Creative Conversations -THE VORTEX!
Welcome to Creative Conversations real-time discussions about the creative process. Today Janet’s talking with author/teacher Katherine Grace Bond
We’re also celebrating Valentines and Black History month with a two book giveaways below.
Janet: So, Katherine let’s take on THE VORTEX!!
Katherine: Ah, The Vortex! I know it well, and used to fear it greatly.
Janet: I remember, Katherine. What did you most fear about The Vortex and has that changed?
Katherine: First I should define “The Vortex.” It’s that space I go into when I write. It’s actually what Mihály Csíkszentmihályi, calls “flow,” when all your focus and concentration is on one thing. I think I didn’t understand it, then. I had young kids and I was always afraid that when I let my writing “take me away,” I would miss some crucial aspect of their safety, development, or care.
Kit hiding out, trying to write.
Janet: You’d return from bliss and the house would be in fire or some such? I remember feeling that way too. Do you recall the signs we put on our office doors? The Do Not Disturb unless blood is being shed? I think you have a sign like that now if I’m not mistaken? Mine says Warning Dragon At Work Do Not Disturb!
Katherine: 😀 I do have such a sign! I’ll post a picture of it here!
My youngest, who is still living at home, has autism. I’ve found it’s best to spell it out.
Janet: Girl you crack me up!
You actually drew a house on fire here! And love the altered time. I can see you changed it from 2:00 to 2:30 giving yourself an extra half an hour. Our writing time is precious and we tend to go in deep. Diving down and down into the story world. It’s hard to come up for air. Family members have to be taught to leave us be, and that’s a challenge since we are often working at home and “seem” to be available. Also, the tragic truth is, we are such Nice People!
Katherine: I think you taught me that. When our kids were all small, you always carved out that time. Then you’d take them to the swimming pool later. You were always committed to your novels. I was writing short fiction for children’s magazines at the time, and I’d write in the middle of the night when the kids were sleeping. But my novels were always on and off the back burner. You helped me learn that it was better for me to go to that deep place and write than not to. We are Nice People, but I can tell you I am much nicer when I’ve had my time in the Vortex.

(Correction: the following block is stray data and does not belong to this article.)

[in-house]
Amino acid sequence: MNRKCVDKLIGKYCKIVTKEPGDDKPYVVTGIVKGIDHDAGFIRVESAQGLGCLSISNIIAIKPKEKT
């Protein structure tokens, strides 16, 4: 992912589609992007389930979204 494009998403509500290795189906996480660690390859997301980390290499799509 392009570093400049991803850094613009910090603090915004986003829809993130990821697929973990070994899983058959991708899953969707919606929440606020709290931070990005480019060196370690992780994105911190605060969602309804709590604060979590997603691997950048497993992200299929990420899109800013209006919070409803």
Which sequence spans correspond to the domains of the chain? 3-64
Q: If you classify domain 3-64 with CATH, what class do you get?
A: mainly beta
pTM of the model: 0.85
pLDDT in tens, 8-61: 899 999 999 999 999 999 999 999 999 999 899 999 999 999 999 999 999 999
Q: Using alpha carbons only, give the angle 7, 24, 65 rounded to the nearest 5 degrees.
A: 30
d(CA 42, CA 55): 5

I was talking to Andrew about that this morning–that kids need to be given opportunity to enter that state of flow. You know he teaches junior high now, and he makes the learning really fun, which makes it memorable. I think teachers need to encourage teens especially that “The Vortex” is a good place. It’s the place we are when we are immersed in learning and creating, the place we naturally go to relieve stress and replenish, and the place where we put things together.
Janet: I needed to go there regularly to hear my own voice amidst all the voices in my life. To, as the Brits say “sort myself” through story. Makes me think of a passage I read recently in Big Magic
After a writing class, poet Jack Gilbert asked his student what she’d like to do with her life. She was shy, but said, that perhaps she wanted to be a writer.
“He smiled at the girl with infinite compassion and asked, ‘Do you have the courage? Do you have the courage to bring forth this work? The treasures that are hidden inside you are hoping you will say yes.’” (Big Magic pg 7) I’ve read your books and I’ve had the privilege to hear the one you are working on now.
Katherine: Bless you for saying that! I think one of the biggest struggles for me has always been believing in the work long-term. I get inside of a book and at first it’s going swimmingly, but then it gets hard, and I begin to think it’s a stupid book. This one, in particular, has brought me to that place regularly, because it’s so close to the bone. You and the rest of the writing group have really kept me persevering. So I think one of the things necessary for flow, or entering into the Vortex, is placing oneself among encouraging and like-minded people. People who also write and who love to read.